‘I came to this little island’: Immigrant land in political drama

A few days ago, Ardenis Nazareth, who had just arrived from Venezuela, was standing in the McDonald’s parking lot across the street from the San Antonio sanctuary, considering his next move.

After a month-long trek in seven countries, he finally reached the United States. It’s time to remove the worst moments from his mind – when he’s mugged at gunpoint, when they’re walking through a lawless jungle, people fall exhausted and die beside him, when he’s helpless Grande watched as his friend was engulfed by the rough waters of Rio, just before touching American soil in Texas.

Mr. Nazareth now has one goal in mind: earn money to support his two young daughters.

Just then, a well-dressed woman calling herself Pera handed him and about 30 other immigrant gift cards from fast food restaurants, which they gladly accepted. Then she made a tantalizing offer: a free flight to a “sanctuary,” where, he recalls, someone helped them get to their feet. This place is called Massachusetts.

Mr. Nazareth asked, is it close to New York? She assured him that if that was where he wished to settle, then the trip could continue. However, he was surprised when he found himself on Martha’s Vineyard, a small picturesque resort in the Atlantic Ocean. “I thought I was coming to Boston,” he said. “I ended up on this little island.”

He has also been embroiled in an escalating political drama this week, with Texas Gov. Greg Abbott sending two busloads of migrants to Vice President Kamala Harris’ residence in Washington , Florida Gov. Ron DeSantis dispatched two immigration planes to Martha’s Vineyard. Republican governors in border states have sent thousands of immigrants to New York and Washington, arguing that Democratic enclaves whose leaders support more liberal immigration policies should share the burden of caring for them. This tactic created chaos in a city facing unexpected arrivals and changed the trajectory of the lives of individuals like Mr. Nazareth.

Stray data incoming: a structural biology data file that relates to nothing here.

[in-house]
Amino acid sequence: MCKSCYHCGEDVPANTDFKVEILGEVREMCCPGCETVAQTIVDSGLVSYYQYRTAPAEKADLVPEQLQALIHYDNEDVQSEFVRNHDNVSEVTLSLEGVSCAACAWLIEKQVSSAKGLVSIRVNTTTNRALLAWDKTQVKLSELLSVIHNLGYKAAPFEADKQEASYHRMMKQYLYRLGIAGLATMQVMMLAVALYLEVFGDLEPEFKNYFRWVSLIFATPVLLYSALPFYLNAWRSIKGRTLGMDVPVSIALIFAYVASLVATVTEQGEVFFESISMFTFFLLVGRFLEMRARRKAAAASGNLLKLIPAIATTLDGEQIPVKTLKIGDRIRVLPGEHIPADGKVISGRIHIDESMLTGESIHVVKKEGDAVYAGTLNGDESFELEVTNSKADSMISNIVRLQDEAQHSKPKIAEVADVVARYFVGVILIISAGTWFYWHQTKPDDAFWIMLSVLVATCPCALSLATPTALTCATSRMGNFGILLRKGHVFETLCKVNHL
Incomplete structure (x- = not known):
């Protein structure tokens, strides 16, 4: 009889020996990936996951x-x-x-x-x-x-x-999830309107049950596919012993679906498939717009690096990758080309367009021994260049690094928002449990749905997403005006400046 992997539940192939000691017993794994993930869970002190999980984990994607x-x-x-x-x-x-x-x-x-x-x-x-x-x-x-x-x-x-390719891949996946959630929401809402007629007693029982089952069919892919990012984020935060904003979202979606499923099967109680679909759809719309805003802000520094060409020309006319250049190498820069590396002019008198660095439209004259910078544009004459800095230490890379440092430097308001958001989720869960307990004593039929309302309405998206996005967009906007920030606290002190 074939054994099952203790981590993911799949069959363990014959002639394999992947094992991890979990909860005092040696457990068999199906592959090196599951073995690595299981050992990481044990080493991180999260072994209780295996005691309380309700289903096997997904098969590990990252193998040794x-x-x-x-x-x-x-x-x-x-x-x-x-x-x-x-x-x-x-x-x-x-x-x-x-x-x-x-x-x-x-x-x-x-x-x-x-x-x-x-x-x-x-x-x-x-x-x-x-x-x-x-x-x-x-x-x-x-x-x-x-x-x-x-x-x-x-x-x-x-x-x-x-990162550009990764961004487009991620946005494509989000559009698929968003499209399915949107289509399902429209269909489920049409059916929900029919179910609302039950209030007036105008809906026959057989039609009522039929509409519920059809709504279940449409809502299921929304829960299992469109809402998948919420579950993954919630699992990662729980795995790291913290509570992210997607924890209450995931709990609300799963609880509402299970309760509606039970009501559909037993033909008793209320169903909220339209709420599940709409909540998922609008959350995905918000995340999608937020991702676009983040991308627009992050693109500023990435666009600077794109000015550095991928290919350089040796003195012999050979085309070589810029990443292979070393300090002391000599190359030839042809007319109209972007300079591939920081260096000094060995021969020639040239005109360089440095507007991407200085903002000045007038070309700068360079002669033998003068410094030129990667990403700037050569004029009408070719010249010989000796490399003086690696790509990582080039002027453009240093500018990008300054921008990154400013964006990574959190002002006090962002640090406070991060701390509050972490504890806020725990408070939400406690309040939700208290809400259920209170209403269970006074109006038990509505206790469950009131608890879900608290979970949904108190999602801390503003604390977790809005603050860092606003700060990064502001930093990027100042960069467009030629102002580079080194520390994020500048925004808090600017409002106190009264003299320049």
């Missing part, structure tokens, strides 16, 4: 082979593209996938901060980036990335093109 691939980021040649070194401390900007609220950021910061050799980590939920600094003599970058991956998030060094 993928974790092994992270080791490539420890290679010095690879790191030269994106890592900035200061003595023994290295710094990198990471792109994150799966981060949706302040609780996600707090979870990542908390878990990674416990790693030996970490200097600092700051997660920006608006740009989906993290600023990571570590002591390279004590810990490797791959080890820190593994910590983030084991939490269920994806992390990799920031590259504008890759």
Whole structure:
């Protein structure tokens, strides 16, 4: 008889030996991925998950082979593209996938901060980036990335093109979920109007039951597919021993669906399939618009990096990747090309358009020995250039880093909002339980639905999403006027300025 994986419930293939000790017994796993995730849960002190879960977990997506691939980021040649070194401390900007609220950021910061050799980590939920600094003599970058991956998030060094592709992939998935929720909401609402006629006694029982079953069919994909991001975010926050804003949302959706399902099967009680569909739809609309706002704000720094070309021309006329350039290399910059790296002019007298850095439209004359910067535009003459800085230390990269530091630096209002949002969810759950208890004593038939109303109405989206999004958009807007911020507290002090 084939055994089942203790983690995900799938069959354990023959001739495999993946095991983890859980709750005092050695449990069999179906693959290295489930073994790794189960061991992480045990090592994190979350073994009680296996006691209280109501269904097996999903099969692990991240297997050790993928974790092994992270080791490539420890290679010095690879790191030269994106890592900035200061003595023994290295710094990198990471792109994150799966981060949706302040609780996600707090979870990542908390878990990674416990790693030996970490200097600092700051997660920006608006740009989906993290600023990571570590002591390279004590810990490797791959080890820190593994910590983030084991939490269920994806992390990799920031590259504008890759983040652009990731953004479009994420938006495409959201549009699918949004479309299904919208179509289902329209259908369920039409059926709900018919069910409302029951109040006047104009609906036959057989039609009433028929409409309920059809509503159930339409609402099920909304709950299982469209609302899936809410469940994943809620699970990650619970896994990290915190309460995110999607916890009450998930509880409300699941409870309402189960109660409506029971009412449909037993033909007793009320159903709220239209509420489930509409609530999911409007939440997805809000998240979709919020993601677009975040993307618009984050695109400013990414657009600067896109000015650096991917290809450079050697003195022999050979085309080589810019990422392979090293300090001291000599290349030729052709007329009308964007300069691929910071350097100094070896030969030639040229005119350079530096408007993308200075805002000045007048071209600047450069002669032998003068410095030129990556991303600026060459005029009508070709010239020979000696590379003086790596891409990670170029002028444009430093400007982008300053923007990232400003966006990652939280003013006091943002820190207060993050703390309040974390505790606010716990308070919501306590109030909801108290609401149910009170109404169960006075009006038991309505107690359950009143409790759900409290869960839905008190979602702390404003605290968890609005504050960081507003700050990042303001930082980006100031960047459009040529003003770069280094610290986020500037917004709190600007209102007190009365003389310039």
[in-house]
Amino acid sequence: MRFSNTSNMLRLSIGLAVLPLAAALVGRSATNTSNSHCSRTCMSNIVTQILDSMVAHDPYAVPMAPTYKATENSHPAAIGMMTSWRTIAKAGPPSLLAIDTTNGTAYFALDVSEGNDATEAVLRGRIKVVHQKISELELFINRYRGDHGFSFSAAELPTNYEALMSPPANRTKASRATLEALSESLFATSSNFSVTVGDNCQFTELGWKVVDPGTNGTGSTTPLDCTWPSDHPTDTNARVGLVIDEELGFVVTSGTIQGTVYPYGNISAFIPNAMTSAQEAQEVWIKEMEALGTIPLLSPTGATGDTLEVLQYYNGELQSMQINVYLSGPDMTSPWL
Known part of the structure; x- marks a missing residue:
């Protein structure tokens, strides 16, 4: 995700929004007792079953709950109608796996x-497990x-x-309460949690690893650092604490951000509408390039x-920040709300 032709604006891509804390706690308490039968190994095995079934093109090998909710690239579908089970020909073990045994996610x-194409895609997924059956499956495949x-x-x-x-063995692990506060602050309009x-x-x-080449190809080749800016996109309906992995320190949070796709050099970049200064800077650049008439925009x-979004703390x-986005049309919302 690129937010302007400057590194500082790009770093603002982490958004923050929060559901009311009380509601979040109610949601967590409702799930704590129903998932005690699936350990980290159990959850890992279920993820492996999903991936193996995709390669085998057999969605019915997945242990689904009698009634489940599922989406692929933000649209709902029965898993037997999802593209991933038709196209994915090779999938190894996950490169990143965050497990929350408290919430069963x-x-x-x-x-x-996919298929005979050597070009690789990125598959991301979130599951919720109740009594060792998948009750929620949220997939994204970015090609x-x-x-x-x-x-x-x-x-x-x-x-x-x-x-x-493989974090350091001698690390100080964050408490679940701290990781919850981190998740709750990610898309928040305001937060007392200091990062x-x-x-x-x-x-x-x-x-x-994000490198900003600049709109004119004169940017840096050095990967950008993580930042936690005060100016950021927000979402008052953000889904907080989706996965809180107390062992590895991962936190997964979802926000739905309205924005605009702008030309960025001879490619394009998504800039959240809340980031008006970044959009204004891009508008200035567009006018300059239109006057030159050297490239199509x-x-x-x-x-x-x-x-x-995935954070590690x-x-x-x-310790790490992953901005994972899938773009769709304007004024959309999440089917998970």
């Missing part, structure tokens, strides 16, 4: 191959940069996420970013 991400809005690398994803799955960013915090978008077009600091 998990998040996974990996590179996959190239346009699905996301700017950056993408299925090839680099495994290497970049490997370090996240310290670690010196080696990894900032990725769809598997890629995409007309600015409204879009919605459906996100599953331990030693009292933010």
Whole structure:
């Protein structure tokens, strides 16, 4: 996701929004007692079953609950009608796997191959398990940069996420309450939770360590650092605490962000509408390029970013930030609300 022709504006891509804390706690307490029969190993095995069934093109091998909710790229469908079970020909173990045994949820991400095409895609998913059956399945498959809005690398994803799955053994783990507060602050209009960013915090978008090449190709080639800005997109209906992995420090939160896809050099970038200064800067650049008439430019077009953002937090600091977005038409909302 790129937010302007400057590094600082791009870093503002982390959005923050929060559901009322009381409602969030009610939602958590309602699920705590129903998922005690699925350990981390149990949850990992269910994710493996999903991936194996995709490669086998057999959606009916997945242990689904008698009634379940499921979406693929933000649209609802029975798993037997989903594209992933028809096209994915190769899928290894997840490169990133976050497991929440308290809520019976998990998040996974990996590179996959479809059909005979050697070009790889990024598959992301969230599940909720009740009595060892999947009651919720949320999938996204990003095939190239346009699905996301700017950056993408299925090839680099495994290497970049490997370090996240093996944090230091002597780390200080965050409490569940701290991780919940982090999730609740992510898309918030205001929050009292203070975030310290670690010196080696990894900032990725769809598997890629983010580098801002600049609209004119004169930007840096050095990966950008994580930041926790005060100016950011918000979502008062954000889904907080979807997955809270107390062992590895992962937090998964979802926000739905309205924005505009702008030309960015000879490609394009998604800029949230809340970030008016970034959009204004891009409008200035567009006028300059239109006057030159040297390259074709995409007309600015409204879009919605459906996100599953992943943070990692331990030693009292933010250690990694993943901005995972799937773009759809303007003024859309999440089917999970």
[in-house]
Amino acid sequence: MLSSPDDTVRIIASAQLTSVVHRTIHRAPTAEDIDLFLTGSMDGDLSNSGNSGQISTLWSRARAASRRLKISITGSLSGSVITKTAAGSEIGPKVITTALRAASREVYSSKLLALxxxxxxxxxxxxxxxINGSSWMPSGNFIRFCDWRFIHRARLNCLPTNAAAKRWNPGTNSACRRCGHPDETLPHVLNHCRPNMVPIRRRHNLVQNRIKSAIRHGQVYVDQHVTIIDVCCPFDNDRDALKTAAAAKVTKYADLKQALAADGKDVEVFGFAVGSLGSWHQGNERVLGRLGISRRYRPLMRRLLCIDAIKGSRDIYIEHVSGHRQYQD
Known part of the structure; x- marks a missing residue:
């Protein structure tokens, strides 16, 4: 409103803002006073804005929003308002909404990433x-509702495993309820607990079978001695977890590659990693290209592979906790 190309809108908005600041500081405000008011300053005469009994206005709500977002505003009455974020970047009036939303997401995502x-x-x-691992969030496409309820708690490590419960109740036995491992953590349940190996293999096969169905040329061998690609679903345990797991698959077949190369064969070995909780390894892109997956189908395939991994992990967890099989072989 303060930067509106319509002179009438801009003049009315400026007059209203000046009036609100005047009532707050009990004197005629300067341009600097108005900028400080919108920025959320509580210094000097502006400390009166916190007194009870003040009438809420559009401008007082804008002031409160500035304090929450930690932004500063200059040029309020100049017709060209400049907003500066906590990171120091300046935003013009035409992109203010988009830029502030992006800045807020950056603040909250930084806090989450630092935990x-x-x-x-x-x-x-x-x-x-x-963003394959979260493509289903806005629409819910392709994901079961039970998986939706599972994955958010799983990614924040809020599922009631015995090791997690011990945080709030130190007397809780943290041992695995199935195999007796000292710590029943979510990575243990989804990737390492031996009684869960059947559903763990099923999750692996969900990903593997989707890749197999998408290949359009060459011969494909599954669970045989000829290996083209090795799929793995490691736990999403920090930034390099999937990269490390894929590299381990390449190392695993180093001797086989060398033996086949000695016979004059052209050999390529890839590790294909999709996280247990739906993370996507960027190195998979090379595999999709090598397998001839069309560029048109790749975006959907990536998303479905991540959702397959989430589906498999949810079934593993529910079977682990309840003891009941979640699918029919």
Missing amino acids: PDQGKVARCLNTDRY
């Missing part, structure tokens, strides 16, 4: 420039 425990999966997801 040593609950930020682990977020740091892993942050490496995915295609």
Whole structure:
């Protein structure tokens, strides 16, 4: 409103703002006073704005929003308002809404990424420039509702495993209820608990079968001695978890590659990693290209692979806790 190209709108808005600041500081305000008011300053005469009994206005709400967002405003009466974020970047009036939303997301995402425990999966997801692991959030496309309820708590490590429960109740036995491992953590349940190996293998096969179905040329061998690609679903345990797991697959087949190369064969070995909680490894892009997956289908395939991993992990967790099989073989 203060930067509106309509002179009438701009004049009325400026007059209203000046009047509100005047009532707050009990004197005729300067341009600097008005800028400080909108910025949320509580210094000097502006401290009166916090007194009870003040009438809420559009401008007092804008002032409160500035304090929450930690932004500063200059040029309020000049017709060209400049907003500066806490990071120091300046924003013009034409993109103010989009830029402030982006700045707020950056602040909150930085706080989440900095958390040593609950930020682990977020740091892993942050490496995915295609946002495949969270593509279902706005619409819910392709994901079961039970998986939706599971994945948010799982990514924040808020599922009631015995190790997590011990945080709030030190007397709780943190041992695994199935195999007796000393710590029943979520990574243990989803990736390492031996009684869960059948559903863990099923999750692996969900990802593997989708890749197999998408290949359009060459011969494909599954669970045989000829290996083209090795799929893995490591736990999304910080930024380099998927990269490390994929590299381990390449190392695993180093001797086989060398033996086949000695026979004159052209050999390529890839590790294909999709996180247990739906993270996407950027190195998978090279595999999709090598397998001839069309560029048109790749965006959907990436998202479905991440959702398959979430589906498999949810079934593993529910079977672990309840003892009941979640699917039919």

Mr. Nazareth recalled that the woman he met at McDonald’s made the same offer table by table. Before long, Mr. Nazareth and seven other Venezuelans climbed into a van driven by the woman and headed to an airport hotel. More Venezuelans checked in over the next few days, until about 50 were on a chartered flight on Wednesday to take them to Martha’s Vineyard.

Venezuelans have been fleeing their country amid widespread deprivation due to political and economic turmoil. Nearly seven million Venezuelans, more than one-fifth of the population, constitute the largest international displacement in the history of the hemisphere. Unlike Central American and Mexican immigrants who have long been in large numbers to the U.S., Venezuelans are a relatively recent phenomenon, often without family or friends to host them.

During the first nine months of the fiscal year, U.S. Border Patrol encountered 110,467 Venezuelans along the southern border, compared with 47,408 for the entire 2021 fiscal year. They are now the fastest growing immigrant group in the United States.

Tens of thousands have made the treacherous overland route along the Darien Canyon on the Colombia-Panama border.